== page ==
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January 1938

A CASE OF EPILEPSY: Associated with Meningioma of the Optic Nerve Sheath, Compressing the Olfactory Centers, Dural Calcifications and Thalamic Lesions

Author Affiliations

Ithaca, N. Y.

From the Department of Anatomy, Cornell University.

Arch NeurPsych. 1938;39(1):150-158. doi:10.1001/archneurpsyc.1938.02270010160013

Epilepsy may be associated with various injuries of the brain, especially those which affect the parietal or the frontal cortex. Tumors, trauma, scars, degenerations and atrophic conditions have been frequently recorded as concomitant lesions or factors predisposing to convulsive attacks. In the case reported here there were several minor lesions and areas of local atrophy of the premotor cortex on both sides. With these were degenerations of small fiber bundles between the cortex and the thalamus and a small cavity in the left thalamus.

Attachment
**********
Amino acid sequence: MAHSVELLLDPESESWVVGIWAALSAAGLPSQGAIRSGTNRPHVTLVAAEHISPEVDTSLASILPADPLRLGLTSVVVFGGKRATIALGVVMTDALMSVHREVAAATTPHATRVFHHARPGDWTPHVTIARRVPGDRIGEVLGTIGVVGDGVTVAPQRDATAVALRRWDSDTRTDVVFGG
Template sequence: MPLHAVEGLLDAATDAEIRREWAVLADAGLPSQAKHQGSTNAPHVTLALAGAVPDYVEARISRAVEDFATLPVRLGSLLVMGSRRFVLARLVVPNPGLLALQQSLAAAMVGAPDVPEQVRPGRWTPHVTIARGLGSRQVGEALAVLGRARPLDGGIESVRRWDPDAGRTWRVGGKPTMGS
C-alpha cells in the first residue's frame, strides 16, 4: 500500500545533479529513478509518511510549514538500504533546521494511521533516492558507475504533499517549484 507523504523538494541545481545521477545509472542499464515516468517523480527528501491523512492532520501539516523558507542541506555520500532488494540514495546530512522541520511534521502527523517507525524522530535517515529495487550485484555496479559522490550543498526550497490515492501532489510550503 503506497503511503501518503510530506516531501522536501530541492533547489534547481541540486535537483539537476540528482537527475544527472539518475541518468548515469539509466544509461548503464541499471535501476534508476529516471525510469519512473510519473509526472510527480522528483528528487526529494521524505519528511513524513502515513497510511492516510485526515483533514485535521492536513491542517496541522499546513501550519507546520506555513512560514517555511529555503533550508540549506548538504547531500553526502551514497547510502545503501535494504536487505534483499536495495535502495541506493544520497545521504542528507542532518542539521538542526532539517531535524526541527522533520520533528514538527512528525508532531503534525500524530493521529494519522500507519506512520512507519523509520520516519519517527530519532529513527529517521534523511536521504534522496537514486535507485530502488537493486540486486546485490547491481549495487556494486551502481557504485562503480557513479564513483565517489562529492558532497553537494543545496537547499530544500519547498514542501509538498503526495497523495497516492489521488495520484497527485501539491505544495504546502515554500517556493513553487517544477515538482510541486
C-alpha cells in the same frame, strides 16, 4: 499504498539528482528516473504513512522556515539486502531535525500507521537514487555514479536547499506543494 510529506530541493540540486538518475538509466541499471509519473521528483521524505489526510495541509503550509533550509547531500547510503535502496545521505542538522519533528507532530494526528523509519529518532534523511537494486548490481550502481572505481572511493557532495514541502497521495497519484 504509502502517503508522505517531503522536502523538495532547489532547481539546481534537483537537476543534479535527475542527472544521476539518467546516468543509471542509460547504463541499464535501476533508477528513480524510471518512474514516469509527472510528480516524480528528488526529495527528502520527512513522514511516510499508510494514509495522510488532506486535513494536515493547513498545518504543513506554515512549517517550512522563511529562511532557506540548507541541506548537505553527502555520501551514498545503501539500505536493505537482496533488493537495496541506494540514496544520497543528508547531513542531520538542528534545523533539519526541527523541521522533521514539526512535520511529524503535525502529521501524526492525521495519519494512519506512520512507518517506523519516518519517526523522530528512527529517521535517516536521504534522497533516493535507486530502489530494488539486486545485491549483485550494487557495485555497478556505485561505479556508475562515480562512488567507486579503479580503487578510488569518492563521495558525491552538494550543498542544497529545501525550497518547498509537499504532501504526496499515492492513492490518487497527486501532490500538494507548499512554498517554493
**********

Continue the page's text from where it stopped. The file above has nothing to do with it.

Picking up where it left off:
There was a history of long-standing blindness in the right eye. The outstanding observation was a meningioma of the right optic nerve situated at the optic foramen. The tumor compressed the right olfactory region and the neighboring fiber tracts. For a time the convulsive attacks were signalized by an olfactory aura. The clinical history in the case and the variety of anatomic deficiencies associated with the

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